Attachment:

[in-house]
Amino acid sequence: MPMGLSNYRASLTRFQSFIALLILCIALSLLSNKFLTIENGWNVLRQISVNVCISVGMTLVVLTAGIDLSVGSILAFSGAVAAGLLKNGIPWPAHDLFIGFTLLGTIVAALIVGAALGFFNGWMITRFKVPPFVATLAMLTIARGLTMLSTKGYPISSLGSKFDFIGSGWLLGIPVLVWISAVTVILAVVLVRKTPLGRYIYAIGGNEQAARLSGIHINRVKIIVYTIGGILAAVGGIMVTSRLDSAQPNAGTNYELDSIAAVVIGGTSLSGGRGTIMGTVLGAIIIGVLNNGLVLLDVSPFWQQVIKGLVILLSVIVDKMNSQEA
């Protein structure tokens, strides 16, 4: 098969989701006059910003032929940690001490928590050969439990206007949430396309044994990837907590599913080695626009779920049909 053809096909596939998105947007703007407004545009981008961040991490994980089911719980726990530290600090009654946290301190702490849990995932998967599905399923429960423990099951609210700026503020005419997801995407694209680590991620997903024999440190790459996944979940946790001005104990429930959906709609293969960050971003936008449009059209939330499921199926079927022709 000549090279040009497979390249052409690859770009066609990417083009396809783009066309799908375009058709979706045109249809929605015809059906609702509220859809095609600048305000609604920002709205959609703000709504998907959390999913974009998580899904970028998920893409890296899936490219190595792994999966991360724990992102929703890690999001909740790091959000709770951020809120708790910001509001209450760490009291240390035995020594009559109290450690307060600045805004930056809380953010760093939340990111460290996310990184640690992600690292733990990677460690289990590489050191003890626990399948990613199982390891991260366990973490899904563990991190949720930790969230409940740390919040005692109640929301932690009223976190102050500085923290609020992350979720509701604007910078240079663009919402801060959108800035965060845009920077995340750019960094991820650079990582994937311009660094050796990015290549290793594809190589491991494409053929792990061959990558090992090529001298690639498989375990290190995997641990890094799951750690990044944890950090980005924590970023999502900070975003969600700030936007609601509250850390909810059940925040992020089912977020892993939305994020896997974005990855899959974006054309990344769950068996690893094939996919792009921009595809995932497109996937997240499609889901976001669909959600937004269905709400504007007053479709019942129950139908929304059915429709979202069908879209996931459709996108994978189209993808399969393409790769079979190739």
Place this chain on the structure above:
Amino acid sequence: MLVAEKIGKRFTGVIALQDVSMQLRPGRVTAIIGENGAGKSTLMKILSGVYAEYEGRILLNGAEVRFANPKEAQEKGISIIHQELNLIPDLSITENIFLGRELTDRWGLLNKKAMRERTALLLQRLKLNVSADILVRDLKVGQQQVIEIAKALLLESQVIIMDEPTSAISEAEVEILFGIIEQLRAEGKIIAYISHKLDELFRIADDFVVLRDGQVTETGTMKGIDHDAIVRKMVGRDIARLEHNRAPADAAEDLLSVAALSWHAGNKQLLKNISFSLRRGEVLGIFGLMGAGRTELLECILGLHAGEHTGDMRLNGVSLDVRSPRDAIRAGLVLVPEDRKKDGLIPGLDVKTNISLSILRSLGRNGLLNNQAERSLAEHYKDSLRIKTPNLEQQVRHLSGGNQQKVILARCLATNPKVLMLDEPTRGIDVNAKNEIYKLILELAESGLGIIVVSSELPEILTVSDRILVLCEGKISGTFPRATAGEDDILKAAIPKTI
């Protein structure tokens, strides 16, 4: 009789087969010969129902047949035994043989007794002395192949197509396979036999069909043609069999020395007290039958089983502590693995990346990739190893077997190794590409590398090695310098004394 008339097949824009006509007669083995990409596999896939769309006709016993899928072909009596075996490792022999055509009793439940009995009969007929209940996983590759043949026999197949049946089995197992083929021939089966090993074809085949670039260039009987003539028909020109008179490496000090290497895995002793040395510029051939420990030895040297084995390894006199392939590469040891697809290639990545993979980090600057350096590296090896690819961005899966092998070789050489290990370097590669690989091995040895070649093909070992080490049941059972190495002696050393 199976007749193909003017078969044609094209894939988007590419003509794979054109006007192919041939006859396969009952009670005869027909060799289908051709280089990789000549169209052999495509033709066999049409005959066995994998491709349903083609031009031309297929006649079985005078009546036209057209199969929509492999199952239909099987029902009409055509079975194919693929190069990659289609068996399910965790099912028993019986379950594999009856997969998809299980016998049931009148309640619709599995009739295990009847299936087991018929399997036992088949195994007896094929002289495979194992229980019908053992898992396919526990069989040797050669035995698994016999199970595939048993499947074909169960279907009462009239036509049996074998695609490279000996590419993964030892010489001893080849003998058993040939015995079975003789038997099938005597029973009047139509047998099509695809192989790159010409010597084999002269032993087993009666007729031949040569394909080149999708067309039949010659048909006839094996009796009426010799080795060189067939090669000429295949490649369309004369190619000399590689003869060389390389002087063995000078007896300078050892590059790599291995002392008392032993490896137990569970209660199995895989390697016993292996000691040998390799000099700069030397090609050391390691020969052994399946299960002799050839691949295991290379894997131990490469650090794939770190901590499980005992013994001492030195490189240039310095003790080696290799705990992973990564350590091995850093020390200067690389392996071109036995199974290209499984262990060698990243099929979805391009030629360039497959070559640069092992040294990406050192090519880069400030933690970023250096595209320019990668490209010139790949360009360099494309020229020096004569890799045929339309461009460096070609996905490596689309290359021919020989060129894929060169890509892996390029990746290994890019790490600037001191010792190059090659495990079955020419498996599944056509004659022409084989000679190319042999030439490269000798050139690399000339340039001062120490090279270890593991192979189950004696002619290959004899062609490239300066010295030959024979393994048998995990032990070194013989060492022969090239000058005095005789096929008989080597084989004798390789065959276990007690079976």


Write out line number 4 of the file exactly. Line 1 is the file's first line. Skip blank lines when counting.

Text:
Place this chain on the structure above: